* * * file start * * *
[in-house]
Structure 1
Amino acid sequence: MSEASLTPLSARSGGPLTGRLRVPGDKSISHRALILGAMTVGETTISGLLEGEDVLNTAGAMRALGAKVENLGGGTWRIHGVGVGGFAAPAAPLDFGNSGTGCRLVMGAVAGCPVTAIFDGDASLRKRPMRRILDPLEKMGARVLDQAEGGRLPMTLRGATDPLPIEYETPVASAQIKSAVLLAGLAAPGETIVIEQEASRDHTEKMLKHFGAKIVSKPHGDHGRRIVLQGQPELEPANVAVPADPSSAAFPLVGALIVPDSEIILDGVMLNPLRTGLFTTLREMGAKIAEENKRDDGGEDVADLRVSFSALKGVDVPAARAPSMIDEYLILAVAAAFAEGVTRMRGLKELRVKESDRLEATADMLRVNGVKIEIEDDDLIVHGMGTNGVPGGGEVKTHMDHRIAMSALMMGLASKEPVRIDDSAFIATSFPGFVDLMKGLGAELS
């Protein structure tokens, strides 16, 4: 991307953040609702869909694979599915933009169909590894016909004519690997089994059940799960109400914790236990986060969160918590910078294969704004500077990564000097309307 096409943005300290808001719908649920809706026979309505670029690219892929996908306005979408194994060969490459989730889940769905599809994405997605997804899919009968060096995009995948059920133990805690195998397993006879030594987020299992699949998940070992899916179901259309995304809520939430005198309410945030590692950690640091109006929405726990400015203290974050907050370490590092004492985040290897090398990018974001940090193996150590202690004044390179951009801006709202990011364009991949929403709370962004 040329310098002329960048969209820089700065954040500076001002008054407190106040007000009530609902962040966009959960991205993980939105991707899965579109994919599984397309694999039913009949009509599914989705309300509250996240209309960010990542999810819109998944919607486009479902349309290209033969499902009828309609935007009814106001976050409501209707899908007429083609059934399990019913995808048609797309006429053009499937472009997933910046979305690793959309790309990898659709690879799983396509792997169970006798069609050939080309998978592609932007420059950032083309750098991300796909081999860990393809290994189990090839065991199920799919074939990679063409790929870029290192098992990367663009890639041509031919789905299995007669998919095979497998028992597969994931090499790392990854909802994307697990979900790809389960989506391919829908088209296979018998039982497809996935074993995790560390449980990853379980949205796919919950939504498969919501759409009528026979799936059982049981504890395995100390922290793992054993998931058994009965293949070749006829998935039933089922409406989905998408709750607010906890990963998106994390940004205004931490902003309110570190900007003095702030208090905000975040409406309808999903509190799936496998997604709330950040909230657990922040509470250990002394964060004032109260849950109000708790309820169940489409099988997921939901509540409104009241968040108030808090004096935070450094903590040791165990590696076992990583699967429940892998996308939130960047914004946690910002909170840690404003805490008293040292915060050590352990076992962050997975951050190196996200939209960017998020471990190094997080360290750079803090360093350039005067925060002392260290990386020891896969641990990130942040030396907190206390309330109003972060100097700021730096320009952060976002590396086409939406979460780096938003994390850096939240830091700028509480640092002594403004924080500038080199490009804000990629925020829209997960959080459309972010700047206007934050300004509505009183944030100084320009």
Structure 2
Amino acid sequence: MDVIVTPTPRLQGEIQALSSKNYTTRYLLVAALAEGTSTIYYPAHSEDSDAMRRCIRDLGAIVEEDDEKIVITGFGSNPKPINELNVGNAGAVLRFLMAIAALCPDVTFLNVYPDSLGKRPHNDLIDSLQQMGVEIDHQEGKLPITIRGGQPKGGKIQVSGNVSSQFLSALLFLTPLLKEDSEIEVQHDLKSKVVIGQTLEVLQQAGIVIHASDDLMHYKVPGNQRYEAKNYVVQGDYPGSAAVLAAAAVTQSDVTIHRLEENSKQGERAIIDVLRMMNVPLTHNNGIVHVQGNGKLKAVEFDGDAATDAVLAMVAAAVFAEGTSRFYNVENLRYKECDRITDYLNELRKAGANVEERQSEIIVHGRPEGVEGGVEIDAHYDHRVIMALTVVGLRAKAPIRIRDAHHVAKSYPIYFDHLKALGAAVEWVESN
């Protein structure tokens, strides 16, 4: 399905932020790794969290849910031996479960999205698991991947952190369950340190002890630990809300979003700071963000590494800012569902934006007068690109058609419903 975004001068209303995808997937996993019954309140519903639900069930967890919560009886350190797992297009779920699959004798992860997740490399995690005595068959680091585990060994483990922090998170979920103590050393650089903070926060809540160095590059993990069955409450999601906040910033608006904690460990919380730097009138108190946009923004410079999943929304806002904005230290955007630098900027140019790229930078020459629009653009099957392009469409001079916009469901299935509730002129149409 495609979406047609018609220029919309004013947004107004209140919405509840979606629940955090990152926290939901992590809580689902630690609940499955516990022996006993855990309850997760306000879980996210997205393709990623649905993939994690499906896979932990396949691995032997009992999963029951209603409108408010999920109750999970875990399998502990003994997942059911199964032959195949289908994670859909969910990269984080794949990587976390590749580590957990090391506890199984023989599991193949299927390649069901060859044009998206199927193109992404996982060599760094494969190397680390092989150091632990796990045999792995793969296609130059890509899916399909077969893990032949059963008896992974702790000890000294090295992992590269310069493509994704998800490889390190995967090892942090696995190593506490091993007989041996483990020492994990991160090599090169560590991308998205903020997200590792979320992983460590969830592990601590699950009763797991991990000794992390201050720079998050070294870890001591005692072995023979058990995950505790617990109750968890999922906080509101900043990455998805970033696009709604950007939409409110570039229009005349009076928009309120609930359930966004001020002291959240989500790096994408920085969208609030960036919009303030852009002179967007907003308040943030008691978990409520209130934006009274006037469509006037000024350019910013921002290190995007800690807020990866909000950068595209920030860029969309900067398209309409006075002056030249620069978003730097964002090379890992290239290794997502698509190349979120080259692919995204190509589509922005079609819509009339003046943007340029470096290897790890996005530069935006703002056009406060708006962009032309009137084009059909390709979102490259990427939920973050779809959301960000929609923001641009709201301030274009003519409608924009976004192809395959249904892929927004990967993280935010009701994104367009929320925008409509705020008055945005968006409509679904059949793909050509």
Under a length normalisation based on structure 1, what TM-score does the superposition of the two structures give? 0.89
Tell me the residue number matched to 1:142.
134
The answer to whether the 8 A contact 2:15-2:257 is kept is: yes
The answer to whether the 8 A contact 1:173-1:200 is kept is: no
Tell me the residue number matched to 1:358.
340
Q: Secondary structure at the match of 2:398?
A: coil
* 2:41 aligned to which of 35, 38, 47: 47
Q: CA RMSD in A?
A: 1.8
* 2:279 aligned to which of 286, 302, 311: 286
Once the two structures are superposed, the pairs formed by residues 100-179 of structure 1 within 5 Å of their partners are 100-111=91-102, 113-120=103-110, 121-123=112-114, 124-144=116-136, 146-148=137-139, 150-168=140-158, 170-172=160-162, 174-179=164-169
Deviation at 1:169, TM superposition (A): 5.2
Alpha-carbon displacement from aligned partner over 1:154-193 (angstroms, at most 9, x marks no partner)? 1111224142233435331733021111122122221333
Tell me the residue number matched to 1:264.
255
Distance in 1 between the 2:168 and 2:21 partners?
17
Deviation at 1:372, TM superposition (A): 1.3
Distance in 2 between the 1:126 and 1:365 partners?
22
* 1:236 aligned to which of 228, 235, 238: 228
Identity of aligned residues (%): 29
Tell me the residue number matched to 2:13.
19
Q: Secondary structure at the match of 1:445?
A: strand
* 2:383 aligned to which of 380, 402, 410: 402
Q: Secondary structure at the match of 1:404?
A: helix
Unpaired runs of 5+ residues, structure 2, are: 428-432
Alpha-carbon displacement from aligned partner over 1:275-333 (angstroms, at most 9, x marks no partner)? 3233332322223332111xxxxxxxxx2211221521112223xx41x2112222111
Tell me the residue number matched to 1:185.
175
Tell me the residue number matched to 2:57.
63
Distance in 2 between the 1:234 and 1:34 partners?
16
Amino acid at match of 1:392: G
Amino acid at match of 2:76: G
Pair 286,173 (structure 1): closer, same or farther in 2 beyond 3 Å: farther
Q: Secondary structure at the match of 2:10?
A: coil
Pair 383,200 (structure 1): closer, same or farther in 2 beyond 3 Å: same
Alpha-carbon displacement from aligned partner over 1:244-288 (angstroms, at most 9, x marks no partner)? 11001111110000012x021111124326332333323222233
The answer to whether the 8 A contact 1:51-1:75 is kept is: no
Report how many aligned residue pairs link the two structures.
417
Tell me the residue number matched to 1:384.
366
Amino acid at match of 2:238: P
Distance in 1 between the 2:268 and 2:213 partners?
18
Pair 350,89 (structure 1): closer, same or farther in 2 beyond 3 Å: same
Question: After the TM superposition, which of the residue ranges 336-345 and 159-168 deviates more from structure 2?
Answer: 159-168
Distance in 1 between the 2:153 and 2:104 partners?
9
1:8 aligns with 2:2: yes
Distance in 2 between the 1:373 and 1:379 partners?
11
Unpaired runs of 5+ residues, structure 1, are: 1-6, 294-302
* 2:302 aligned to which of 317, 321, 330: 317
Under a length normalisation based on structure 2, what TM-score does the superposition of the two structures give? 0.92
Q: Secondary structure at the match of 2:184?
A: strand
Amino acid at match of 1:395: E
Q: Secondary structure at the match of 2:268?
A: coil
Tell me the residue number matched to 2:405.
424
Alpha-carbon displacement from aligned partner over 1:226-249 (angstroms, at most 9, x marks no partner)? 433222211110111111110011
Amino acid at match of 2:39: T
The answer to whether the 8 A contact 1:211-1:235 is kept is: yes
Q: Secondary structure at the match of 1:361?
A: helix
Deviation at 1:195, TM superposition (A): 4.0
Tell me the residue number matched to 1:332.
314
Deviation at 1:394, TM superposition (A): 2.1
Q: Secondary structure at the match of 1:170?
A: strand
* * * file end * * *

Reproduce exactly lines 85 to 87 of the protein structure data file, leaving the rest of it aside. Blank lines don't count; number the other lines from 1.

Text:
A: helix
Deviation at 1:195, TM superposition (A): 4.0
Tell me the residue number matched to 1:332.